Sea moss is a well-known naturally occurring iodine source, making it a resource for people suffering from thyroid disease. Iodized salt is the most common source of iodine in most Western diets, making it tougher for people needing to eat less sodium for medical reasons to get enough iodine in their food.
Irish moss is also rich in potassium chloride, which is why it works wonders breaking up mucous and congestion by helping dissolve inflammation and phlegm in the mucous membranes called catarrhs. It also holds anti-bacterial and anti-viral properties important for battling respiratory illnesses.
Sea moss is rich in vitamins A, E, F, and K. It is also a good source of minerals such as potassium and calcium that aid in absorption. You can see, then, why people traditionally prize sea moss for treating dry skin and other skin issues such as psoriasis and eczema. Irish moss moisturizers, creams, masks, and lotions are all popular.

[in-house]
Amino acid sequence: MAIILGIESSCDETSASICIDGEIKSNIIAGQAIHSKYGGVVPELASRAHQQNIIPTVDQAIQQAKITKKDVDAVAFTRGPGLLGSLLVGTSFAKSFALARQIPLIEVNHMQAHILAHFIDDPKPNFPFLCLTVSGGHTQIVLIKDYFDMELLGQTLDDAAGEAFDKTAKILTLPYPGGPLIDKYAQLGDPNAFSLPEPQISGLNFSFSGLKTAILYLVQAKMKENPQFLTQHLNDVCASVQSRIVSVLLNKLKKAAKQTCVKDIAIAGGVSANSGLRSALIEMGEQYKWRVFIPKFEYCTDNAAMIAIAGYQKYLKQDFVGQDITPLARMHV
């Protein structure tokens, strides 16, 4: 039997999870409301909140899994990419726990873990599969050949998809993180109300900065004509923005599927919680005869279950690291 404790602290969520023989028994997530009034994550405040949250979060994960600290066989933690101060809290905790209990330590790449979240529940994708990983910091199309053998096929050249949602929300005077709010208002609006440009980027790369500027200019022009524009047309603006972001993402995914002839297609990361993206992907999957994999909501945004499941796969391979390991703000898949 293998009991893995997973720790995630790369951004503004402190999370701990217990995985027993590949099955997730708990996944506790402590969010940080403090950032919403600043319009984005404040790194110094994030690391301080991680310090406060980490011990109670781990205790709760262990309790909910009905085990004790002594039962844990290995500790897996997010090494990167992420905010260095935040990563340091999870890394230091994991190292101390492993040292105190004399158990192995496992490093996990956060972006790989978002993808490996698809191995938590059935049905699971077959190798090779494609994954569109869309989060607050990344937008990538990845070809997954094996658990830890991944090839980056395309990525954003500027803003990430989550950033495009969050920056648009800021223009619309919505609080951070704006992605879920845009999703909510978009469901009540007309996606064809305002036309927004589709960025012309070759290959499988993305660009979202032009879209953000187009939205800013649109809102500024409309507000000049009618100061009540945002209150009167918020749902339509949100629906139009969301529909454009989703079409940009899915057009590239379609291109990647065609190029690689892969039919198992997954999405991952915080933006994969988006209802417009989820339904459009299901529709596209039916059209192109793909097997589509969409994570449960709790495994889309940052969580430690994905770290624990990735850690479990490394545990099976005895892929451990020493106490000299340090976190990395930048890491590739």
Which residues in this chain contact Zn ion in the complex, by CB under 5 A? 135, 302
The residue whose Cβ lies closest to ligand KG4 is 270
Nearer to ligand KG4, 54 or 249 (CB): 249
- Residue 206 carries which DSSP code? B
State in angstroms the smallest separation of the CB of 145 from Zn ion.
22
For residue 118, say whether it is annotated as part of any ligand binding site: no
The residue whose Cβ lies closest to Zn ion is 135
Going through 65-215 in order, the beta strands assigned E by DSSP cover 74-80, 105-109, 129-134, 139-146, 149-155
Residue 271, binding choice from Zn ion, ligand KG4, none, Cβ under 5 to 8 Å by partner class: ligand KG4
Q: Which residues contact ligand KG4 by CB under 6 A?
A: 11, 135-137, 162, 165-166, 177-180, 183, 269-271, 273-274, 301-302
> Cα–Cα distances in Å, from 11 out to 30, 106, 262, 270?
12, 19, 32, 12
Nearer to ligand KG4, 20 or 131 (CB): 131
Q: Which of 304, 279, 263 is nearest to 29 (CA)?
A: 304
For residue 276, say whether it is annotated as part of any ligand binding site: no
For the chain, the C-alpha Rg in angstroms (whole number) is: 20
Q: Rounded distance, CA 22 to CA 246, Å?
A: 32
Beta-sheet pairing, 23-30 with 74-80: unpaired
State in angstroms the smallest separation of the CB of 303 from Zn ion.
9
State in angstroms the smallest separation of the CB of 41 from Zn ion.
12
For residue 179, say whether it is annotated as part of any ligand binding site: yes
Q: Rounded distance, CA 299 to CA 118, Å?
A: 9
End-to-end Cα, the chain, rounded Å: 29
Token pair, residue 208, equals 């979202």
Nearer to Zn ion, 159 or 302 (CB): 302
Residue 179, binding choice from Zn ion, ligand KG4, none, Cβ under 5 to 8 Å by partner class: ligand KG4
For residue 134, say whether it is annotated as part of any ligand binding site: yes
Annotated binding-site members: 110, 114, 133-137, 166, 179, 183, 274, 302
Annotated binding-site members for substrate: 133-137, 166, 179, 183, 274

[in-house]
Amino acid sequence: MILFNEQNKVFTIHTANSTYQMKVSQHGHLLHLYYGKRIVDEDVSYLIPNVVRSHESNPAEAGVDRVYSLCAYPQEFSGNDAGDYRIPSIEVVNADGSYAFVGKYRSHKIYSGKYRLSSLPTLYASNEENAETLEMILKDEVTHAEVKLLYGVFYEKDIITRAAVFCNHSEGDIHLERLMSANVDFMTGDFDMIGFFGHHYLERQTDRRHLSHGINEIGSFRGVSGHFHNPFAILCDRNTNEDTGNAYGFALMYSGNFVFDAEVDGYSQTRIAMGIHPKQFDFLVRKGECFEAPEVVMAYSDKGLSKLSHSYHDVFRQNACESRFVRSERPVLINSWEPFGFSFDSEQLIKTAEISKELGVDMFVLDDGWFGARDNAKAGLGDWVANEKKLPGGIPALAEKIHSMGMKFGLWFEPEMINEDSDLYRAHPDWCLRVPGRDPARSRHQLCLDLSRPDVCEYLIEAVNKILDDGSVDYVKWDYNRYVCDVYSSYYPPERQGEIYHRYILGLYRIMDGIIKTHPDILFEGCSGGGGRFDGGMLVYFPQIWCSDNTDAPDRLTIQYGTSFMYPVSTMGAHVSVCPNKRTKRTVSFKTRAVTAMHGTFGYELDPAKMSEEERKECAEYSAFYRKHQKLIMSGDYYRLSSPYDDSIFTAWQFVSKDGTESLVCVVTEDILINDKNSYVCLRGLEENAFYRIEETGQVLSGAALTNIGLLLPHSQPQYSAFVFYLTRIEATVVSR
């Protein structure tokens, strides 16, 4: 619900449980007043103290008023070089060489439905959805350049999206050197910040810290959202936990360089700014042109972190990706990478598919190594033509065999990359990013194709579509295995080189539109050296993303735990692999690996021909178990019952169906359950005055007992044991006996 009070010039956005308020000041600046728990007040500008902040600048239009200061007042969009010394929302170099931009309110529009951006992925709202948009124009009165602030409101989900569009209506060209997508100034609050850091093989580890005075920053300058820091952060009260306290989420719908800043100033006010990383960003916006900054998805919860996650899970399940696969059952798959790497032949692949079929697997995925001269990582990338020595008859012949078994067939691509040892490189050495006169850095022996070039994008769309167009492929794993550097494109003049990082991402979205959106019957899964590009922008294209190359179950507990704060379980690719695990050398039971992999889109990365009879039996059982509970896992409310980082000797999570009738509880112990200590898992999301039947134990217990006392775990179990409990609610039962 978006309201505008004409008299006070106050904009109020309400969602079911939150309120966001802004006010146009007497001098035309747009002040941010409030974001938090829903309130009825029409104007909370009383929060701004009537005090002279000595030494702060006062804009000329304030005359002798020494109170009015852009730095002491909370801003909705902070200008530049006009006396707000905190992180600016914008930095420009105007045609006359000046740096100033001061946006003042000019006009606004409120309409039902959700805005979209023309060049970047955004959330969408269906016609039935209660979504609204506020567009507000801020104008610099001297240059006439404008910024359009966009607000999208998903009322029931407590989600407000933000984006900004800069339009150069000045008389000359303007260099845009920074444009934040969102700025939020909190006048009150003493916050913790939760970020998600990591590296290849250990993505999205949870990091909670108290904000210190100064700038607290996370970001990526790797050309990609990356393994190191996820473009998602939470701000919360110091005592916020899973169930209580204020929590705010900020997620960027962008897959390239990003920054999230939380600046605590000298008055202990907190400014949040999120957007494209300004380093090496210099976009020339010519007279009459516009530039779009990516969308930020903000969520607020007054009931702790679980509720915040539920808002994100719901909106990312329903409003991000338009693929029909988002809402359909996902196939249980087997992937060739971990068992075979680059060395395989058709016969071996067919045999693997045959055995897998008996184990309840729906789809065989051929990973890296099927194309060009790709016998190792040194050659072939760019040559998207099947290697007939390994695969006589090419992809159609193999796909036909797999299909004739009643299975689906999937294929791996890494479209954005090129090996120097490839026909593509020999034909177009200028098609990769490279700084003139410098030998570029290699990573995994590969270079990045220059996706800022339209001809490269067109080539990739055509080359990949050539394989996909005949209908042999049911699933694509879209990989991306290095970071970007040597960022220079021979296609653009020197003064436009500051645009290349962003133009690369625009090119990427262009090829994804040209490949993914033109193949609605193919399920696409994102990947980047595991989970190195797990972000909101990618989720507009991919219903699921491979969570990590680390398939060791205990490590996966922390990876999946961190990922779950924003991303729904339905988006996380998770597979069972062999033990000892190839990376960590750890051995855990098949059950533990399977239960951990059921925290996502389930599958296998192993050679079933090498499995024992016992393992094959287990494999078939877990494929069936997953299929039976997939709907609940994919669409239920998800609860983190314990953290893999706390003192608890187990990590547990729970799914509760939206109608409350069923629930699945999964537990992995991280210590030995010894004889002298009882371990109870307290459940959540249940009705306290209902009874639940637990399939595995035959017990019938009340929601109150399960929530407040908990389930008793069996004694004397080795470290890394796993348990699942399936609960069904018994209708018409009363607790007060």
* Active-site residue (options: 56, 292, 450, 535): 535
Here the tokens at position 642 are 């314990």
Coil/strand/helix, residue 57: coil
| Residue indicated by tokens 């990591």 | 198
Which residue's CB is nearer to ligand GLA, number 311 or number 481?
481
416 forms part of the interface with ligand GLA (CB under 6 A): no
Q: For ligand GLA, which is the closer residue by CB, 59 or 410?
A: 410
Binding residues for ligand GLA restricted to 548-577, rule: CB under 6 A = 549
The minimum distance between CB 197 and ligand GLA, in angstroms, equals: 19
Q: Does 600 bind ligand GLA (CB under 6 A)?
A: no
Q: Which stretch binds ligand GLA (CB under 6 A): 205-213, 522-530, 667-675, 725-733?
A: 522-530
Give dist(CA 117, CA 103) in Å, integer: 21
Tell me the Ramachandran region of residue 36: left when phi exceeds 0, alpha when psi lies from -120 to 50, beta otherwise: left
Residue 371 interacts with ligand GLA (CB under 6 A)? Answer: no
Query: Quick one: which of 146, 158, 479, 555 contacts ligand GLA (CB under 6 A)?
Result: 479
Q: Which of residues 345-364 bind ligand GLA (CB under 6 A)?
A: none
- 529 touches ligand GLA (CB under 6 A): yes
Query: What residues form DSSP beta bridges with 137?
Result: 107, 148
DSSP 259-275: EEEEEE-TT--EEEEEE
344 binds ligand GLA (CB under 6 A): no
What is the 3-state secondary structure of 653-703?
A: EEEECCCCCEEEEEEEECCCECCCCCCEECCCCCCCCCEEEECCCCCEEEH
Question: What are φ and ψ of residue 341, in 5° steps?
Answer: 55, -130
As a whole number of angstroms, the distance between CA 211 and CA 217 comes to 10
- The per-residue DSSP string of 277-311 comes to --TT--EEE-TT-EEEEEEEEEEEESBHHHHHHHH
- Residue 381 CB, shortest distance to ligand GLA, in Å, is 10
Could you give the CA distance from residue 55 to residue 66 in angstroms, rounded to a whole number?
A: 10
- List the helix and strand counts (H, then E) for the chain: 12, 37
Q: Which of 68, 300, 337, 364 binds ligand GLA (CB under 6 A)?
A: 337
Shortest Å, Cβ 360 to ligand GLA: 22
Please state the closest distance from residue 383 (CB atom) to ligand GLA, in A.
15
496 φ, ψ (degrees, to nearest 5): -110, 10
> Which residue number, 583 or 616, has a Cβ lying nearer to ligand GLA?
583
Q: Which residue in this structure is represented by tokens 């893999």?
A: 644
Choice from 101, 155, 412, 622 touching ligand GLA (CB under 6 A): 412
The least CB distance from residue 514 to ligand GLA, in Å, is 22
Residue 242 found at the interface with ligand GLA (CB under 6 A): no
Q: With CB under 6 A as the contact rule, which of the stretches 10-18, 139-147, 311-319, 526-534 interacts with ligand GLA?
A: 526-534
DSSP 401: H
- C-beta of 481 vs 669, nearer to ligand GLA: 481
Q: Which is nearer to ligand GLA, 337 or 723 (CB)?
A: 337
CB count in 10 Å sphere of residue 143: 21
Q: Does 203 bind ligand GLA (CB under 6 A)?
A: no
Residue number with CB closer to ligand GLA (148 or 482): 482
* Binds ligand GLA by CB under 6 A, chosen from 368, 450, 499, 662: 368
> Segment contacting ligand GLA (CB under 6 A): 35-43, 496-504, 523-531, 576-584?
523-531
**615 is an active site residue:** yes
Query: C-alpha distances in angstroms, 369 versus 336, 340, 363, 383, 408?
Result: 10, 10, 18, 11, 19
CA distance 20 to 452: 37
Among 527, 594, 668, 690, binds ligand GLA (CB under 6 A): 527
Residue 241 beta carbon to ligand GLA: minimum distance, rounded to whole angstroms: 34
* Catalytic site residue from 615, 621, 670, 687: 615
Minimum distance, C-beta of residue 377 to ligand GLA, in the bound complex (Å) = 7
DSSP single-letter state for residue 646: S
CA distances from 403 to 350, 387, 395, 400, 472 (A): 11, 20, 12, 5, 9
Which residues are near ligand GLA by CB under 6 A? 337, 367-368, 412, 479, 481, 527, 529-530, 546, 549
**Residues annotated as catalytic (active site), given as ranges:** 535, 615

The active constituents of sea moss are as follows. The majority of sea moss—about 55 percent—is a mucilaginous body. Another approximately 40 percent is polysaccharides and albuminoids, with the remaining 5 percent or so composed of mineral matter including calcium, iodine, potassium, magnesium, and sulfur.
Read on for an in-depth look at the health benefits of Irish moss.
What Are the Traditional Health Benefits of Sea Moss?
Remember: this is not medical advice. Refer to our disclaimer above.
What is Sea Moss used for?
There are two basic ways that people use sea moss. One area focuses on beauty and skin and may endorse either or both topical and edible use of Irish moss. The other centers upon immune support and is mostly focused on ingesting sea moss.
Beauty and Skin Support
Creators of commercial lotions and cosmetic products often use sea moss as a skin-softening additive due to its natural skin-soothing properties. As a demulcent, Irish moss assists the skin in acting as a natural barrier to harmful elements and aids the skin in retaining essential lipids and moisture. Some users believe this contributes to a more silky feel and youthful appearance in the skin.
Boost the Immune System
Sea Moss supports the upper respiratory system by soothing the internal mucous membranes. It is therefore often added to nutritional and respiratory support formulas.